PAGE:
The most ambitious sustainable city project in the world is underway now in China.
When Tianjin Eco-city is finished in 2020, it will be the world’s biggest city designed from the ground up as a sustainable, environmentally friendly, resource-conserving model of urban life.
Tianjin Eco-city is a unique collaboration between two governments, the People’s Republic of China and Singapore. At 30 square kilometers, The Sino-Singapore Tianjin Eco-city will be about one-third the size of Manhattan.
It’s currently being constructed 90 miles (150 kilometers) southeast of Beijing on land that used to be a waste site. It took three years to clean up and detoxify the site; ironic, since developers say the city will have high standards for air quality, water quality, clean transportation and carbon emissions.
Designed by Surbana Urban Planning Group, the city is being built near the business parks at the Tianjin Economic Development Area. The city isn’t intended for the wealthy or for environmental activists. It will be home to some 350,000 residents and will include subsidized housing for workers and their families. The initial living area is expected to be complete in 2013.
The city’s architects are avoiding polluting energy sources by relying on solar panels, wind turbines and ground source heat pumps. They plan to have at least a fifth of the city’s total energy needs supplied by zero emission energy sources. Eco-City will also depend on rainwater recycling and desalination of sea water.
An integrated waste collection system is already set up; its centerpiece is a pneumatic waste collection management system from Envac that effectively makes garbage trucks unnecessary.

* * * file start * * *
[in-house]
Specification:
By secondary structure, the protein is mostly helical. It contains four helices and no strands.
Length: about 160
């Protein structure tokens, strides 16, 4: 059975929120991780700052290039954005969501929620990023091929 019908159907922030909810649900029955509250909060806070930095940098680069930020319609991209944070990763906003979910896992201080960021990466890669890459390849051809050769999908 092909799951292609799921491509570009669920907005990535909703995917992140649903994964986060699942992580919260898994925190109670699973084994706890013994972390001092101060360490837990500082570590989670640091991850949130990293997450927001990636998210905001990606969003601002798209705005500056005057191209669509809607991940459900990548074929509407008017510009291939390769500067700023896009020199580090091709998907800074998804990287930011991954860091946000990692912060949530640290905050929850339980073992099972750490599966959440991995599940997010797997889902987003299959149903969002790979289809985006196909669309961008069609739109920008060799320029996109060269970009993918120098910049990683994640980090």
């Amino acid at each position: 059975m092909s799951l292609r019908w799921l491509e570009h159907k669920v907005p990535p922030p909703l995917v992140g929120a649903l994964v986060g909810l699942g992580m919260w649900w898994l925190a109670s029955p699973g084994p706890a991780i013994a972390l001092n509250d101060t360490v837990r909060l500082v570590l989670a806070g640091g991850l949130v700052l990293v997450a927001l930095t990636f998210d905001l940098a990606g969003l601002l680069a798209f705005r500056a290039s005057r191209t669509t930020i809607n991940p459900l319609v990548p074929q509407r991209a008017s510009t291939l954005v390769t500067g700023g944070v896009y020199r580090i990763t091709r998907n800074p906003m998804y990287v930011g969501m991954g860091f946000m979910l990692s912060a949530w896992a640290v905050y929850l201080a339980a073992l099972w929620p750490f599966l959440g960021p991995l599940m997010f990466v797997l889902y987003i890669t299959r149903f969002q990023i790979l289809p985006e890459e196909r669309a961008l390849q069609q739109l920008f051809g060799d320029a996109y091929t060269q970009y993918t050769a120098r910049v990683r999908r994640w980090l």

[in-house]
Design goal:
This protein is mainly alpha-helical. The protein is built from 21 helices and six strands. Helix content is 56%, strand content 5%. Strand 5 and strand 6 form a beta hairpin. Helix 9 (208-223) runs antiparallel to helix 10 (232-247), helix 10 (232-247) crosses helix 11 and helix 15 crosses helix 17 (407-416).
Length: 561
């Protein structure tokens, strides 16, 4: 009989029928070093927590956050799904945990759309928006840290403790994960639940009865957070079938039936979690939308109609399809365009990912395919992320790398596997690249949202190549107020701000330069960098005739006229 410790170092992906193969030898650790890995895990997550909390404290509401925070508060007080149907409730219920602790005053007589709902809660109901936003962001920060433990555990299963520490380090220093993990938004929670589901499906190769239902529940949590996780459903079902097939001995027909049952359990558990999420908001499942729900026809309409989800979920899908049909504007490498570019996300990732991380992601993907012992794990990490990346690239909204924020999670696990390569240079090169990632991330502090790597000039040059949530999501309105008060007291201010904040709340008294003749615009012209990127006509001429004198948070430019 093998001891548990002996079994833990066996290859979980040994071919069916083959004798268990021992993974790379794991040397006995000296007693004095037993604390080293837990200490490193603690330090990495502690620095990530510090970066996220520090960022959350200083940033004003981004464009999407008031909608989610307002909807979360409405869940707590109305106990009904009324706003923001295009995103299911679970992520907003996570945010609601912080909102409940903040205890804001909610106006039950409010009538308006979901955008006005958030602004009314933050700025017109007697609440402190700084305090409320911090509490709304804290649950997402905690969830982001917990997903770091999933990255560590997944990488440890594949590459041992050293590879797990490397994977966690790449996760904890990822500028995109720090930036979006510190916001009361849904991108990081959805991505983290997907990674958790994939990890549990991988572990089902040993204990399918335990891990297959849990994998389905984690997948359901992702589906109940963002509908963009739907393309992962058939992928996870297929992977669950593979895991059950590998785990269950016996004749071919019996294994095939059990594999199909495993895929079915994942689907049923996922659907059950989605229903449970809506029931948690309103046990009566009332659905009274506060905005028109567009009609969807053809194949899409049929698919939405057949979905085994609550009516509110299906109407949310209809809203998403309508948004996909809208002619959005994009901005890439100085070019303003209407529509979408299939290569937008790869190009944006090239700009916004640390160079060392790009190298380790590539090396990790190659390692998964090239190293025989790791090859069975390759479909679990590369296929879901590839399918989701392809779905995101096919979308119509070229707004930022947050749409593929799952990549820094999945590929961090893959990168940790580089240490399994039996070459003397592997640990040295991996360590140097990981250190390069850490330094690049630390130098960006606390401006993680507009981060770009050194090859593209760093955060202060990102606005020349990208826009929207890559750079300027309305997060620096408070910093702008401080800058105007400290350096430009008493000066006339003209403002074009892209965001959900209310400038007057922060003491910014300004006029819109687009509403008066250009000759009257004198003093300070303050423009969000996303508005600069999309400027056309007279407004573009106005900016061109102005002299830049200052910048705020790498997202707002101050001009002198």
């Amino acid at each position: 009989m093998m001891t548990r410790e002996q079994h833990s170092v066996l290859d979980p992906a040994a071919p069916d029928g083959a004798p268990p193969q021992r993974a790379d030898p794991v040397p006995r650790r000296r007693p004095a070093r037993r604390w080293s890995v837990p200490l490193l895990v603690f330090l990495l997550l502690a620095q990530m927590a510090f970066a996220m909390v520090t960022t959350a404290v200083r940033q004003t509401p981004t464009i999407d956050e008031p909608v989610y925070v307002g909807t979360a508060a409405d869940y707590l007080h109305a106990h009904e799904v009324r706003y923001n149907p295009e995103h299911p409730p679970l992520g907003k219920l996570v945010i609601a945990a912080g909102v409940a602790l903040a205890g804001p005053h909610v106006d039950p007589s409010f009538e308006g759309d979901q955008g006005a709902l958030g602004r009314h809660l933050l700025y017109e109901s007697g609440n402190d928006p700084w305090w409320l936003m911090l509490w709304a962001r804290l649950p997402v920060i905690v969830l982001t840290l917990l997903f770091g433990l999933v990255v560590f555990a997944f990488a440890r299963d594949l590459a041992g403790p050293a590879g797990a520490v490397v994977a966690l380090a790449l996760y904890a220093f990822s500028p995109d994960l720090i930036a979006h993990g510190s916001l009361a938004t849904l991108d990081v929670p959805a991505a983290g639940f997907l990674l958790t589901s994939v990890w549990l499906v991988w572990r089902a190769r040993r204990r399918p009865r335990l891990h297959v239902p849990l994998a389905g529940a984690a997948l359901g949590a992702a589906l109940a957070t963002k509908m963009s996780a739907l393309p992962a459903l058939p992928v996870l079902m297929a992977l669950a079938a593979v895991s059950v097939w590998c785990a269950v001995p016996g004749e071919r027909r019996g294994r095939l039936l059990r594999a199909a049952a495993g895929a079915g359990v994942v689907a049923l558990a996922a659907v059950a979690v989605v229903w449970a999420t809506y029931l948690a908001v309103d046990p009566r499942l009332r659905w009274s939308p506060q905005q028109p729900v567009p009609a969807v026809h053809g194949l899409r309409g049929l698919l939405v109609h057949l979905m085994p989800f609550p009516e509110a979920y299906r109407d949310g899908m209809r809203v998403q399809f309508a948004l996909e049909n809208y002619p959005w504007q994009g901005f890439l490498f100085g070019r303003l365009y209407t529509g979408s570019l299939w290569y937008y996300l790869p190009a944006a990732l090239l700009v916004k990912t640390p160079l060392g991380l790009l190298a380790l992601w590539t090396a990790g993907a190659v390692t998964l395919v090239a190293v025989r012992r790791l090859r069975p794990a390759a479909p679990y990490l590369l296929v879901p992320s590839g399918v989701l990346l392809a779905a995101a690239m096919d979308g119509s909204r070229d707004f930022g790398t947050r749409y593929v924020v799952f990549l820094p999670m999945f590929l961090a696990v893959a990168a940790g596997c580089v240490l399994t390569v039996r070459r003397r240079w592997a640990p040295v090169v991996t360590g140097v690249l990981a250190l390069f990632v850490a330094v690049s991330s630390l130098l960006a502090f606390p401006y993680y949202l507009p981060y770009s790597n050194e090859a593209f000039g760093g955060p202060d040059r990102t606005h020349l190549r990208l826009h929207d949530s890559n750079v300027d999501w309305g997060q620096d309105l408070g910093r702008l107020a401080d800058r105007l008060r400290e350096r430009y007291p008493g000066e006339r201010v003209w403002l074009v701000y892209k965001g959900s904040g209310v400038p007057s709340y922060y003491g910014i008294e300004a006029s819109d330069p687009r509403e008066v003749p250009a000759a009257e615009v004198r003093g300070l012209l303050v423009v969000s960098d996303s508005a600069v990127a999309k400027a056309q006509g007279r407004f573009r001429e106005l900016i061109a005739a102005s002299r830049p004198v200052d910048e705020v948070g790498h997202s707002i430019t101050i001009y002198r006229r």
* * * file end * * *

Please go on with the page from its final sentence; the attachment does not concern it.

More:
The urban design emphasizes green spaces and open air recreational facilities. It gives special importance to pedestrian and bicycle traffic. It also features a tram line that crisscrosses the city.
Surbana’s developers say Tianjin Eco-city will attract industries that adhere to green best practices. Some 600 companies have already signed on to do business there.
The city will be divided into seven distinct sectors:
- Lifescape: A series of soil-topped mounds surrounded by trees to counteract the towering apartment buildings of the other communities.
- Eco-Valley: The green spine of the city that will link transit nodes, residential developments and commercial centers and feature restored habitats.
- Solarscape: The administrative and civic center of the city.
- Urbanscape: The core of the city, featuring compact layers stacked and interconnected by sky bridges and multiple levels to make efficient use of vertical space.
- Windscape: A transformation of Qingtuozi, a century-old village surrounded by a small lake, into a place for residents to relax and play.
- Earthscape: Stepped architecture will maximize green public spaces.
- Eco-Corridors: Four biodiversity corridors featuring plant and animal life and recreational opportunities for residents.
Surbana has already created 26 comprehensively planned townships that are home to 85 percent of Singapore’s 4.5 million residents. The group describes its philosophy of urban planning as “a technical and political process concerning the welfare of the people, the control of land use and the design of the urban environment, including transportation and communication networks, preservation and enhancement of the natural environment.”